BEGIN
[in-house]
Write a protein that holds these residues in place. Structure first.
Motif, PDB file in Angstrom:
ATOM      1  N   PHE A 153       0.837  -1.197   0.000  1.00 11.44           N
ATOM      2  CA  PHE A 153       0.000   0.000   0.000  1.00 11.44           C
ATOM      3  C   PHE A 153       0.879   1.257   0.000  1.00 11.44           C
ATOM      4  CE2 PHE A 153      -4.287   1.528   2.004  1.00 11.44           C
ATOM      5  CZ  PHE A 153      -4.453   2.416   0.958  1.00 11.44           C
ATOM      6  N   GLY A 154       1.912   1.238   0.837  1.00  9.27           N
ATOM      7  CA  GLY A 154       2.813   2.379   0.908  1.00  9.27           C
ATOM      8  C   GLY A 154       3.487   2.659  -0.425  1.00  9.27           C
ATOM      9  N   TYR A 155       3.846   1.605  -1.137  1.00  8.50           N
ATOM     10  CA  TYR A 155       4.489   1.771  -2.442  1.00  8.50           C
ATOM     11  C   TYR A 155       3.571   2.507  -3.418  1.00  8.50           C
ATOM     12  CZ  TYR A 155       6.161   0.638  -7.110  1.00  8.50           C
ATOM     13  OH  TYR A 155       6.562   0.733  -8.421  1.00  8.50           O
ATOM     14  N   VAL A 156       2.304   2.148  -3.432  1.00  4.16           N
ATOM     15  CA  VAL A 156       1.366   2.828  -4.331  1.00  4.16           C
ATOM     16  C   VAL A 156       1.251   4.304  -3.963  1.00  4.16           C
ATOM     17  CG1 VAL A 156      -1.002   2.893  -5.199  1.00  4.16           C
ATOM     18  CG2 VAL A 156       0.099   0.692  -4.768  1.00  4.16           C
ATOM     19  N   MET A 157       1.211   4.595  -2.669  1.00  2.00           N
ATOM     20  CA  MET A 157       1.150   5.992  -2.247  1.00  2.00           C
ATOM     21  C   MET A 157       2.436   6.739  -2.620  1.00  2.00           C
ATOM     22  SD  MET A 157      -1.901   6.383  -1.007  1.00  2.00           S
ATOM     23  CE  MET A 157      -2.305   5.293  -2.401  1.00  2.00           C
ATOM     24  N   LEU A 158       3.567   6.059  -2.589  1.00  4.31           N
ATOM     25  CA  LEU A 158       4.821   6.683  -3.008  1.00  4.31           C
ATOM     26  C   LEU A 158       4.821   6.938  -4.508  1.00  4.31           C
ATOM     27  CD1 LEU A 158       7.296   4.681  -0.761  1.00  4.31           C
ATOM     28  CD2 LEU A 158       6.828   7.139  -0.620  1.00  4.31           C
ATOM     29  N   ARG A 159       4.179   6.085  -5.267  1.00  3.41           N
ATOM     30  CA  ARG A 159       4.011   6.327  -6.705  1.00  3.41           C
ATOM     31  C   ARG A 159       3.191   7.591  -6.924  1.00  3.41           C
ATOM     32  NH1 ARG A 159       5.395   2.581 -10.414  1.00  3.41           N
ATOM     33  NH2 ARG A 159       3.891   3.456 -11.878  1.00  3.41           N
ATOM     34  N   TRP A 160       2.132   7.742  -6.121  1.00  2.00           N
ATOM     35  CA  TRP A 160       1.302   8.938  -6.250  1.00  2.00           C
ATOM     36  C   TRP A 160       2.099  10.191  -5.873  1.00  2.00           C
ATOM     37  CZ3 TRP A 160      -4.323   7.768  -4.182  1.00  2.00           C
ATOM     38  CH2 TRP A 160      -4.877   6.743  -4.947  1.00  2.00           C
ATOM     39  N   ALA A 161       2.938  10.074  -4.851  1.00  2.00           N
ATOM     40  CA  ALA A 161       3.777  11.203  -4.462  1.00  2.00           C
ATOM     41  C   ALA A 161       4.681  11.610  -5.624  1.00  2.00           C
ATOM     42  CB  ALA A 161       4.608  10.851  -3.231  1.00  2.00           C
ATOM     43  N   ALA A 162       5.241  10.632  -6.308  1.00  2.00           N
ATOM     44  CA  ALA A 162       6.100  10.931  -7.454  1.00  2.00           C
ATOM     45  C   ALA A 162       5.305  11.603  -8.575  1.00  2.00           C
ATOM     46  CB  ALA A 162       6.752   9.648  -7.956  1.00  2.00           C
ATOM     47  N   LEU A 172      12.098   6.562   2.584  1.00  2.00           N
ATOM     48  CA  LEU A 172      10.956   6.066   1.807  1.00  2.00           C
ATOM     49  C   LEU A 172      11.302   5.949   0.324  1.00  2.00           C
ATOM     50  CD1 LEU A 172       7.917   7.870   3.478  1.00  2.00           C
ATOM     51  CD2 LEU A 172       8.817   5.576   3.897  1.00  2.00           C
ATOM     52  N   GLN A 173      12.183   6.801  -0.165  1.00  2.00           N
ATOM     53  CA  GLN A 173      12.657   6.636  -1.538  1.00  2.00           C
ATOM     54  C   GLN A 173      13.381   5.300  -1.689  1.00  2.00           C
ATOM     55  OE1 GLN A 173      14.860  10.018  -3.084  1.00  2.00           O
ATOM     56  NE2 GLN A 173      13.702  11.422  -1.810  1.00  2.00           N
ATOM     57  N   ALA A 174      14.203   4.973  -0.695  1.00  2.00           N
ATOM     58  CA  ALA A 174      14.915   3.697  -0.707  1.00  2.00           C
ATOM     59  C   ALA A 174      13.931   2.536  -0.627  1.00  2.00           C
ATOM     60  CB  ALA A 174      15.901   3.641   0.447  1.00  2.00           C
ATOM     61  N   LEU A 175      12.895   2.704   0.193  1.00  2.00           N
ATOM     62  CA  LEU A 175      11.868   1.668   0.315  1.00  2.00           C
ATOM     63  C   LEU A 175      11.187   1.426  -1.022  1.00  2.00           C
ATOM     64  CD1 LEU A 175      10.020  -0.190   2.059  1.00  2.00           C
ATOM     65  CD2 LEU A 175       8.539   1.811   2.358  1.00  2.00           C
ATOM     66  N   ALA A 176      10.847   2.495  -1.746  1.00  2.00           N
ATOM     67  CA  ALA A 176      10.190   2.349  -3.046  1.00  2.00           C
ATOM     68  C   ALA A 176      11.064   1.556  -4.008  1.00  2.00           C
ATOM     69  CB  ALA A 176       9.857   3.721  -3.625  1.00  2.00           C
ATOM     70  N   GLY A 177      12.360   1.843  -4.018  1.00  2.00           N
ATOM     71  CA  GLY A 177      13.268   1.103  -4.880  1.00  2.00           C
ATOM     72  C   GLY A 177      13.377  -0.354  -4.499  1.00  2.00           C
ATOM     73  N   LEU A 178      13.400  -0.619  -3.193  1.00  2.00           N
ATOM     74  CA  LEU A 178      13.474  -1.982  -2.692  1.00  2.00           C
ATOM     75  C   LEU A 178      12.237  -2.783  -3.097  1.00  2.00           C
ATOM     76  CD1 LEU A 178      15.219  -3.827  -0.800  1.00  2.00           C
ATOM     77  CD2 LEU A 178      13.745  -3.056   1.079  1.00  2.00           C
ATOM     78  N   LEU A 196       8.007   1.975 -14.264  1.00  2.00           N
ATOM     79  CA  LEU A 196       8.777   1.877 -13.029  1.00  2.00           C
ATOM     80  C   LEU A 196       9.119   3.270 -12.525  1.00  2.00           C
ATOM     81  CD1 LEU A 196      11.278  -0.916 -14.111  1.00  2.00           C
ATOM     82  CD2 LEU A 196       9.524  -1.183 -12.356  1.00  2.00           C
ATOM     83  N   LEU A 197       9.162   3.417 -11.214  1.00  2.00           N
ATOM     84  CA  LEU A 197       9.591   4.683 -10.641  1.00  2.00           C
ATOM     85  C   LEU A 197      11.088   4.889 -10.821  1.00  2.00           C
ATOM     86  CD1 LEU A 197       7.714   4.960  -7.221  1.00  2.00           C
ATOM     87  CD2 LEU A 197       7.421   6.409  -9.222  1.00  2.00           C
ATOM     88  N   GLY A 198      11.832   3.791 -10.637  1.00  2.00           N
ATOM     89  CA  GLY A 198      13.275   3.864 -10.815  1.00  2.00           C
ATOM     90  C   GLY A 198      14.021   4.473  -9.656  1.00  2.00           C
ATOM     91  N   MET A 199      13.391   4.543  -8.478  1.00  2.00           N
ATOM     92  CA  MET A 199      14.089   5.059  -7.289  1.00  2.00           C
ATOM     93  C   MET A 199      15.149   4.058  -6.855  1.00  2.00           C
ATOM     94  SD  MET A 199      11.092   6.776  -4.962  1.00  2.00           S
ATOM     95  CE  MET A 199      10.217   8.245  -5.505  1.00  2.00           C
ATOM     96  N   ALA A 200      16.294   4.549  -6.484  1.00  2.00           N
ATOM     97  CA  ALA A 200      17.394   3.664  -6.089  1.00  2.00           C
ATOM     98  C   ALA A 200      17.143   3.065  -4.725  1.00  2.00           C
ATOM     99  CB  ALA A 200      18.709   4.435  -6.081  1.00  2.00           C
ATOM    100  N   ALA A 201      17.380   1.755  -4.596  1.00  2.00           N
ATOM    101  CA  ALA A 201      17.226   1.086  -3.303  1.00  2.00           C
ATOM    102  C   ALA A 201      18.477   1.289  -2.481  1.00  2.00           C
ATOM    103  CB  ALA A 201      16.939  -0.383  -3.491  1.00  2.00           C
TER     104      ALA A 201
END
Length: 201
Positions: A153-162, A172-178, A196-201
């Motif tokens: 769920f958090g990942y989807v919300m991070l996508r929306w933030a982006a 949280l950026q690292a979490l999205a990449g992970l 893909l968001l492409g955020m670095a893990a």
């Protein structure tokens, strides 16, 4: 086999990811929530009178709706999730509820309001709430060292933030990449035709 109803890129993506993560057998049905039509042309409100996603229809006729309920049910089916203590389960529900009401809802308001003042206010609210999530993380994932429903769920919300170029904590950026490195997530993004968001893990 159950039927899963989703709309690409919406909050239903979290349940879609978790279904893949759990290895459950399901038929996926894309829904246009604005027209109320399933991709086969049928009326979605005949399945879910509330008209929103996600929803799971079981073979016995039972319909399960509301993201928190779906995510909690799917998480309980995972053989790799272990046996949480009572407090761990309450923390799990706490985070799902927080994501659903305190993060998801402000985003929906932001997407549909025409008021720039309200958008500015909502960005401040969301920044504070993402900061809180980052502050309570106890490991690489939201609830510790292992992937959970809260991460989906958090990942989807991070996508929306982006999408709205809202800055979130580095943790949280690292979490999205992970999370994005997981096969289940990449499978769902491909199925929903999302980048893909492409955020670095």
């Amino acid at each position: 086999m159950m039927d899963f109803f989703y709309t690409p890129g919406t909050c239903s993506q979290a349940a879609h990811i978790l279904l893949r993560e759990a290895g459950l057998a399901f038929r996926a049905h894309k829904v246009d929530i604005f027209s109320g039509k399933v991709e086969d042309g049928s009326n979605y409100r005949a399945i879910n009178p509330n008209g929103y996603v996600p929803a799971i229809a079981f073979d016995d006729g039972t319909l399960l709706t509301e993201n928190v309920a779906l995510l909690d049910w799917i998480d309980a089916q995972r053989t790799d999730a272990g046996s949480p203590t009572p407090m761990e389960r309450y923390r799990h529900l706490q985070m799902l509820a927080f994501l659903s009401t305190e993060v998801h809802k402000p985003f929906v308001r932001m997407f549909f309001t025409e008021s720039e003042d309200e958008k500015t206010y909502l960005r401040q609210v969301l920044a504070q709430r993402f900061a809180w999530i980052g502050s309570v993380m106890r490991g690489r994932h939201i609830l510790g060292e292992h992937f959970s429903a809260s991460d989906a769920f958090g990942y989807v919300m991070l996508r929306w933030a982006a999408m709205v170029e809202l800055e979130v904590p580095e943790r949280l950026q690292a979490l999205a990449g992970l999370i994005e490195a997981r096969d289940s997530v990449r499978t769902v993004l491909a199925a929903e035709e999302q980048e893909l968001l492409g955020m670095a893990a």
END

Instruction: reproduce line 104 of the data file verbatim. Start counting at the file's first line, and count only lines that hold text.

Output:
ATOM    101  CA  ALA A 201      17.226   1.086  -3.303  1.00  2.00           C